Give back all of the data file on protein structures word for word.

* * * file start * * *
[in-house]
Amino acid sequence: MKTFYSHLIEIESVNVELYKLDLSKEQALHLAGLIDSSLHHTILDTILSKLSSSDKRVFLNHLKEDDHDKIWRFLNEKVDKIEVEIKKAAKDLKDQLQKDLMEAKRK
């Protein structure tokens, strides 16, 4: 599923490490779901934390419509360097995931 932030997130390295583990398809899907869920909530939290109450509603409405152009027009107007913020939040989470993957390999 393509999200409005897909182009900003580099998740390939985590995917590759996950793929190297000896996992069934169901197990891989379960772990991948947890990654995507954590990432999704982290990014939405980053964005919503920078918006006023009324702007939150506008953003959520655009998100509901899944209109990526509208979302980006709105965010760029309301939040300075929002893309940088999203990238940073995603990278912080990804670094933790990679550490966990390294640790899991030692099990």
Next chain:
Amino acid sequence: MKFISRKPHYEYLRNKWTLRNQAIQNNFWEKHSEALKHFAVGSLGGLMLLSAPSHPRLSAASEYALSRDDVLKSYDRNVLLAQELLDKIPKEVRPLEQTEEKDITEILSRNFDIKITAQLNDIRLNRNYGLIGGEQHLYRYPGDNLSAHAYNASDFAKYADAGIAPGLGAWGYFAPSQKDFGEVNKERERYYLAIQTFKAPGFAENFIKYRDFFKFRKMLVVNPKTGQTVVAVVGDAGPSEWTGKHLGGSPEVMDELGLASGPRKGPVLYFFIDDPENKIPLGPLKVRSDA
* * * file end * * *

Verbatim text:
[in-house]
Amino acid sequence: MKTFYSHLIEIESVNVELYKLDLSKEQALHLAGLIDSSLHHTILDTILSKLSSSDKRVFLNHLKEDDHDKIWRFLNEKVDKIEVEIKKAAKDLKDQLQKDLMEAKRK
């Protein structure tokens, strides 16, 4: 599923490490779901934390419509360097995931 932030997130390295583990398809899907869920909530939290109450509603409405152009027009107007913020939040989470993957390999 393509999200409005897909182009900003580099998740390939985590995917590759996950793929190297000896996992069934169901197990891989379960772990991948947890990654995507954590990432999704982290990014939405980053964005919503920078918006006023009324702007939150506008953003959520655009998100509901899944209109990526509208979302980006709105965010760029309301939040300075929002893309940088999203990238940073995603990278912080990804670094933790990679550490966990390294640790899991030692099990």
Next chain:
Amino acid sequence: MKFISRKPHYEYLRNKWTLRNQAIQNNFWEKHSEALKHFAVGSLGGLMLLSAPSHPRLSAASEYALSRDDVLKSYDRNVLLAQELLDKIPKEVRPLEQTEEKDITEILSRNFDIKITAQLNDIRLNRNYGLIGGEQHLYRYPGDNLSAHAYNASDFAKYADAGIAPGLGAWGYFAPSQKDFGEVNKERERYYLAIQTFKAPGFAENFIKYRDFFKFRKMLVVNPKTGQTVVAVVGDAGPSEWTGKHLGGSPEVMDELGLASGPRKGPVLYFFIDDPENKIPLGPLKVRSDA